Show off your holiday lights and you could win an iPad! Enter your photo by December 13. Winner will be selected by popular vote.
Roanoke County’s latest amenity is recreational, educational and ecologically sound.
Sunday, June 9, 2013
A stroller who makes her way around the South County Library and heads downhill can pick up an upland trail, an unremarkable pathway of stone dust, that soon rounds a bend to reveal Roanoke County’s newest wetlands trail.
It is a 900-foot boardwalk, actually, and it is lovely: in its material, in its top-down construction that allows it to skim over the ground’s surface, and in the way it gently curves through 2 or 3 acres of wetlands the county needs to preserve.
Our stroller can linger at a boardwalk overlook surrounded by a field of naturally growing irises and forget she is in the middle of suburbia — but for the steady trickle of walkers out for a little exercise. Residents already had hit the trail before its dedication last week.
It is a wonderful public amenity.
More than that, it is wise land use. Mandated by federal and state laws for wetlands protection, which can chafe when they restrict land development, but wise land use, nevertheless.
Wetlands preservation is habitat preservation for plant and animal life that thrives in swampy conditions. And, if the only habitat of interest to a person is the one he and his inhabit, it helps to preserve that, too.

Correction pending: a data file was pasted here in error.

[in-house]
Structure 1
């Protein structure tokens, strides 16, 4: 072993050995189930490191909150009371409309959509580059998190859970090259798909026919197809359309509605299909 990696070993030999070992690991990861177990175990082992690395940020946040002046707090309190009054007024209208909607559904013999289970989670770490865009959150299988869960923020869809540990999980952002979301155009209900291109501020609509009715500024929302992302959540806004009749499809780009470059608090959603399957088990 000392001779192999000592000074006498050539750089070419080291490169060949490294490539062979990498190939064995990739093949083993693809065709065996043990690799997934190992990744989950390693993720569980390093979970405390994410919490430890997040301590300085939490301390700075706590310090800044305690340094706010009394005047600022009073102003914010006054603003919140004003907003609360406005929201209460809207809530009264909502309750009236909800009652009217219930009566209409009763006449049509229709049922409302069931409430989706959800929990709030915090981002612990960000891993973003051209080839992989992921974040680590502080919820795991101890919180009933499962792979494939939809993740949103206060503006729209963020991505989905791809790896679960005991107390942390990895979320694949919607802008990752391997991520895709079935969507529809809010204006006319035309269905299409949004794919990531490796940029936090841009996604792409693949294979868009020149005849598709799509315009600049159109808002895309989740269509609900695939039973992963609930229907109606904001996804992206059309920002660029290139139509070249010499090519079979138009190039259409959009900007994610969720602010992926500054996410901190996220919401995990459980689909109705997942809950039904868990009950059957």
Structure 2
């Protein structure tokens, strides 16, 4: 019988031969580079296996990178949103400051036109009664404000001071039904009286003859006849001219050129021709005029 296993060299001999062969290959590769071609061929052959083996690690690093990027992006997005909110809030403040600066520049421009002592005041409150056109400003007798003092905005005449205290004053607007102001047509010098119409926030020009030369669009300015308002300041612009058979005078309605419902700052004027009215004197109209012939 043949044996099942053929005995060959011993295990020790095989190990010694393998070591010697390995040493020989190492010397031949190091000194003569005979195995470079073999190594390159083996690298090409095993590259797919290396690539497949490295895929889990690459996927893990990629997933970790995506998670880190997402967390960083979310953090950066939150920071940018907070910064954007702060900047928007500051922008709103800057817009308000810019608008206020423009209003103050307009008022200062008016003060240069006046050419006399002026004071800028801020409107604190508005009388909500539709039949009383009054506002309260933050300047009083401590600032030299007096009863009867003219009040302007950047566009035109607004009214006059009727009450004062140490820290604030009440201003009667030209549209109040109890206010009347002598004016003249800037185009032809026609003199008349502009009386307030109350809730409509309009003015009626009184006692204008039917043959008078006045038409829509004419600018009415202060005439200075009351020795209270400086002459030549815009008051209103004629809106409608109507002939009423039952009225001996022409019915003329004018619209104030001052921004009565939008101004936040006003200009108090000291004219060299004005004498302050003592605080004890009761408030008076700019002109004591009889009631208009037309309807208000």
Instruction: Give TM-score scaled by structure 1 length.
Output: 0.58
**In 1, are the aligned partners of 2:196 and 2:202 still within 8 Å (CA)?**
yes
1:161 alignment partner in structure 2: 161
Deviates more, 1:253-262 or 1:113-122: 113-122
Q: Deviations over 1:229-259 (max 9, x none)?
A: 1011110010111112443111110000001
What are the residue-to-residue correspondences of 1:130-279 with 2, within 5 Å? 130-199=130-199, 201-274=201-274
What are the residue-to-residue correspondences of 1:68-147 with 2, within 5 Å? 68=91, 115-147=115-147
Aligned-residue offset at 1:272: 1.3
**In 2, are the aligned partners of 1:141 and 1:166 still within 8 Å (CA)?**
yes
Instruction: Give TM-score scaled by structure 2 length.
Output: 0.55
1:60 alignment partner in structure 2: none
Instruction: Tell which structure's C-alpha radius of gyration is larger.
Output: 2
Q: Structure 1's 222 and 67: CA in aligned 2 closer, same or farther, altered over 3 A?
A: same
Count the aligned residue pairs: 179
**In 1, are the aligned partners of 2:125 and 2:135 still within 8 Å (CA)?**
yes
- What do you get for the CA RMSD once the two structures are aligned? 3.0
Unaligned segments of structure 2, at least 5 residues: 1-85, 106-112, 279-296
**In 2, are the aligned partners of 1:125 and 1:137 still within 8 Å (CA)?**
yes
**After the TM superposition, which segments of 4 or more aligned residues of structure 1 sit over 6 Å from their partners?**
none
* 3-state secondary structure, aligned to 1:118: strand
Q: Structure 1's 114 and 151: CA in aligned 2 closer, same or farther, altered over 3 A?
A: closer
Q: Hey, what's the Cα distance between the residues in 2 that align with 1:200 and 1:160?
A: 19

Developing wetlands in ways that prevent its acting as a natural sponge can cause or worsen flooding devastating to the built environment.
More, wetlands filter and clean water as it soaks into the earth.
So they can play a big role in how communities improve storm water management, both in reducing the quantity of runoff and improving the quality of water that pours into local storm sewer systems and empties into streams and rivers, affecting the health of waterways far from the source.
Roanoke County residents will be hearing a lot about the latter in the months ahead as the county starts working seriously on tough new quality standards to comply with the 1972 Clean Water Act.
The boardwalk trail that opened last week makes good use of a protected tract for recreation and education. It traverses a small wetlands that, by itself, won’t have huge impact on storm water quality.
Its greatest value might be in opening people’s eyes to the beauty, tranquillity and usefulness of wetlands.
Weather JournalWarmth next 2 days hits icy wall